‘Foothills’ depicts rural China

The latest exhibit at the Yale-China Association showcases photographs of rural Chinese scenes.
The latest exhibit at the Yale-China Association showcases photographs of rural Chinese scenes. Photo by Joyce Xi.

The 112-year-old Yale-China Association is continuing to bridge the Sino-American cultural gap with “Foothills,” an exhibit featuring the photography of Aaron Reiss ‘10.

“Foothills,” which held its opening reception and lecture for roughly 30 Yale community members last Friday, is self-described as “a window” into Wan’an, a village in the impoverished Annhui Province in Southern China. This past September, Reiss completed his two-year term as a Yale-China Teaching Fellow in Wan’an, teaching English at a rural public high school.

“For many students in China, education is a lecture,” Reiss said. “Being a Western teacher in this school was … a unique experience.”

“Foothills” is the third exhibit of individual artists’ work that Yale-China has hosted. Together, these exhibits represent the association’s recent focus on the arts — in the past, the Yale-China Association has interacted with China much more through “grassroots efforts,” said Nancy Yao Maasbach, the executive director of the Yale-China Association.

“We’re trying to do more to bring what we see on the ground in China to the New Haven community,” Maasbach said.

Reiss’s talk was largely anecdotal as he revived for attendees both the comical and solemn moments of his term as a Yale-China Teaching Fellow. In answering the crowd’s numerous questions, Reiss often referred to specific photographs, exposing the characters and stories behind many images. Reiss said that the pictures collectively represented a slice of the surprises he encountered in China and painted a portrait of a village on the fringes of urban development. The photographer also described the exhibit’s personal yet representative nature — while specific to the people of the village, the collection in some sense depicts the half of China’s population living in agrarian communities.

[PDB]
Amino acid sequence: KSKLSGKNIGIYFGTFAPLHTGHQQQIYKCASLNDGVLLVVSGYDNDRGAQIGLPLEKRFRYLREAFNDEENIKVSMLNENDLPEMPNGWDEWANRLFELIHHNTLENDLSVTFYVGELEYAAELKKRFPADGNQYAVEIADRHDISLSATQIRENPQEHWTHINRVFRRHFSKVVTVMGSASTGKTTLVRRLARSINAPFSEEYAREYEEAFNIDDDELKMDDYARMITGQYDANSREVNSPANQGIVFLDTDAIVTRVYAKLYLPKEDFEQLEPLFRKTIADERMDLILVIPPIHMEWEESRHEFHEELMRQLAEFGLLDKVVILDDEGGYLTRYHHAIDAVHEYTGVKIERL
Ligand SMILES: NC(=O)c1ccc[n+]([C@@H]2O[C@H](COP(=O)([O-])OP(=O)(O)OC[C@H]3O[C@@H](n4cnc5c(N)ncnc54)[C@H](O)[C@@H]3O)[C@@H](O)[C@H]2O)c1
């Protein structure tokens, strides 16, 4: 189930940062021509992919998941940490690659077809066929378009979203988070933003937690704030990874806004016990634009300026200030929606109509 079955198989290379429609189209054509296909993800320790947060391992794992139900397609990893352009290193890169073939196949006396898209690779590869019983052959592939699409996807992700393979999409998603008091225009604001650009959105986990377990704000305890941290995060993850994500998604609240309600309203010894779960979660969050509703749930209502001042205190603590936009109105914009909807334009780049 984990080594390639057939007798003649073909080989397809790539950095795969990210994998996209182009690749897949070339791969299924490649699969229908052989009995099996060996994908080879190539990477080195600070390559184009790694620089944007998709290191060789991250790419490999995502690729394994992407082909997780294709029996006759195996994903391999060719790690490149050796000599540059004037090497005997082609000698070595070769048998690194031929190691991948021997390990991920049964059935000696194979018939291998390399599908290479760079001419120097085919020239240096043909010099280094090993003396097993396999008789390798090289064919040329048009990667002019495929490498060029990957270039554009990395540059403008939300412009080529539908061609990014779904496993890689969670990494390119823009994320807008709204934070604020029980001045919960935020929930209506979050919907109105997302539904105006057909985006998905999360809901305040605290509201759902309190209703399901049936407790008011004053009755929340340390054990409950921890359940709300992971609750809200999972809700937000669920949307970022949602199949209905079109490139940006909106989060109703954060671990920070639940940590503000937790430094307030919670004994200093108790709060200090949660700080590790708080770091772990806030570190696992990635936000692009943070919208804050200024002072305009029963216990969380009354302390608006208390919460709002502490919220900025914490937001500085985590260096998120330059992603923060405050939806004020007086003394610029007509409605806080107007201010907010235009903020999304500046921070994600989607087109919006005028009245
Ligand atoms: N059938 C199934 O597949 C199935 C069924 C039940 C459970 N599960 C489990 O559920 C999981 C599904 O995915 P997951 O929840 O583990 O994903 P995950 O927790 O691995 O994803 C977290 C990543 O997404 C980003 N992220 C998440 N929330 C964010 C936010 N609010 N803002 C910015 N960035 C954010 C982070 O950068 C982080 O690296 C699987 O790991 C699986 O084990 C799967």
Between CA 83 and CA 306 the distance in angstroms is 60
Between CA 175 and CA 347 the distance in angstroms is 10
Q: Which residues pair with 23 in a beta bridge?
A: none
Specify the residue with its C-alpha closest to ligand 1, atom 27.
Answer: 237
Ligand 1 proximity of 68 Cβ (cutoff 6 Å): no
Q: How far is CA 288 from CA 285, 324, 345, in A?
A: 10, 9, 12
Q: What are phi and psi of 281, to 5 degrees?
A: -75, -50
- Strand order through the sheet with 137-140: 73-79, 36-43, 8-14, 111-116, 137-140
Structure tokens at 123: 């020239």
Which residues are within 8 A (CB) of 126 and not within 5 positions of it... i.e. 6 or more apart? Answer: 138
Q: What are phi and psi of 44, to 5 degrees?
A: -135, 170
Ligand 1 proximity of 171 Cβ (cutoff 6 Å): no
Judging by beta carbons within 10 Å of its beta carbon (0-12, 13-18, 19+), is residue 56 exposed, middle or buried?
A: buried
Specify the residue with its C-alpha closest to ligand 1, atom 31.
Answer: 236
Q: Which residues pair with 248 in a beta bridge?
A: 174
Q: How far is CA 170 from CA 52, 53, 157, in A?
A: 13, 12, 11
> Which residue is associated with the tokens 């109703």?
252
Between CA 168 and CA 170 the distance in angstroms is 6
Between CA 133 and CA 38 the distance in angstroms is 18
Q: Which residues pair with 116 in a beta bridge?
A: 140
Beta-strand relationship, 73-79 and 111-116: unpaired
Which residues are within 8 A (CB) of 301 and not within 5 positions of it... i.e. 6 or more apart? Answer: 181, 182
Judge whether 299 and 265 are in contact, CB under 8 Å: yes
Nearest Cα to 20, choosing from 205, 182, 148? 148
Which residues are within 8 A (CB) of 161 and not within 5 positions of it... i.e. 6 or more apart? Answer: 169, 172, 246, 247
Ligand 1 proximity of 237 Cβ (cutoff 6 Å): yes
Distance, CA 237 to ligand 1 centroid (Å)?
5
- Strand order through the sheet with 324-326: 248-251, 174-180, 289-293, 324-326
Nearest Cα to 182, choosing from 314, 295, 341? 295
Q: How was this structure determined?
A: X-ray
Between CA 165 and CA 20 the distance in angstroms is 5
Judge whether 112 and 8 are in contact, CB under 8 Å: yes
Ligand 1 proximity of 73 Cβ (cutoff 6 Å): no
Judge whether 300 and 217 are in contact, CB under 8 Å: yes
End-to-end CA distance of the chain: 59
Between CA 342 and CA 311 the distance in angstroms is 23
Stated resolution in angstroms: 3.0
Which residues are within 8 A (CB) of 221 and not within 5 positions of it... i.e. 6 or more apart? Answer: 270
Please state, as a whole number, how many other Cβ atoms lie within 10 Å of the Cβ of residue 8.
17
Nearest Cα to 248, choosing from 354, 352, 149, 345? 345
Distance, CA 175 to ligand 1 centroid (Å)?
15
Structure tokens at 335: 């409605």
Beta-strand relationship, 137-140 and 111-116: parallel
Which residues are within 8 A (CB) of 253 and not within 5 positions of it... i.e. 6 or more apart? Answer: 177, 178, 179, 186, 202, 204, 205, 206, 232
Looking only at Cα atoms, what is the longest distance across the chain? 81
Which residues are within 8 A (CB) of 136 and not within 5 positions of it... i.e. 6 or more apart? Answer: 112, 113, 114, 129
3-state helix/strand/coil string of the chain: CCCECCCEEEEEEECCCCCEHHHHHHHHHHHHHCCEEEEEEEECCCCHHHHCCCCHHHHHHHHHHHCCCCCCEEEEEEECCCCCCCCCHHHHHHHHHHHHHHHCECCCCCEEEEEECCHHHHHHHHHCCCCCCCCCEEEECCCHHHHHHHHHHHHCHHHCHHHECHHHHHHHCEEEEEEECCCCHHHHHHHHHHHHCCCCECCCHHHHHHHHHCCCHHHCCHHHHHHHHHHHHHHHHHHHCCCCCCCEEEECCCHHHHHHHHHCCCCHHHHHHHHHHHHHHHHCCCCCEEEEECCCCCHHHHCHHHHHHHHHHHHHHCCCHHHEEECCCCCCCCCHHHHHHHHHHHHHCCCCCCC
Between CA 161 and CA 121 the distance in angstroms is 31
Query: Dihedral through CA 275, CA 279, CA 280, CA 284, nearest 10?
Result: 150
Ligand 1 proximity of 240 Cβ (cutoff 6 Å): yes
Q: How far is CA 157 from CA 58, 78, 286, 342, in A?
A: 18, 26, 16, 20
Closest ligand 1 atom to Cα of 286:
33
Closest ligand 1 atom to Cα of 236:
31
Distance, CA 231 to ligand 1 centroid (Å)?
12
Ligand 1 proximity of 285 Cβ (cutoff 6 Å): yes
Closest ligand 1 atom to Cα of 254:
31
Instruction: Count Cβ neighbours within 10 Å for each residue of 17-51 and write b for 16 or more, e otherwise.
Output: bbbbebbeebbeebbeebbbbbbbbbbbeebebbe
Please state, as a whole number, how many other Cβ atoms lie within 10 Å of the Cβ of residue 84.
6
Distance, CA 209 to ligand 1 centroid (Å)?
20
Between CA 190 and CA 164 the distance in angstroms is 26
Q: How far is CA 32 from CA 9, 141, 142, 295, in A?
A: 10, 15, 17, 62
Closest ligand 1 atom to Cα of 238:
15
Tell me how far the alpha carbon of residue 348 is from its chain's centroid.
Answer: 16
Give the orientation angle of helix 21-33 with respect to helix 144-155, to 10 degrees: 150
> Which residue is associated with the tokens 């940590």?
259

“This exhibit was just of this village, but I have a lot of pictures of rural labor outside their province,” Reiss said. “These places could very well not be like this in 15, 20 years from now.”

As an undergraduate student, Reiss, who said he was interested in food and farming at the time, majored in Environmental and Urban Studies and managed the Yale Farm and New Haven Bike Collective. But he explained that his time in China revealed that only Americans romanticize subsistence farming, explaining that farmers engaged in agrarian work in rural areas of China are working to provide a different life for their children.

“For photographers, you watch things disappear and you document them,” Reiss said. “But for them, losing these traditions isn’t a sad thing.”

Reiss, who is currently working as a freelance photographer, said he used black-and-white schematics to portray images that seemed “raw and ancient,” such as the rice paddies. Photos in the exhibit varied from anonymous street photography to frontal, colored shots imbued with personal relevance.

“Our goal in curating this exhibit was to share a part of China through Aaron’s lens in a manner that any person — Chinese or otherwise — could walk away with some insight into the people and the traditions that have been passed down from a time when tractors and machines had not yet been invented,” Annie Lin ‘09, a former Yale-China Fellow who helped Reiss curate the exhibit, said in an email.

The exhibit will be on display at the Yale-China Association during business hours through May 31, 2013.

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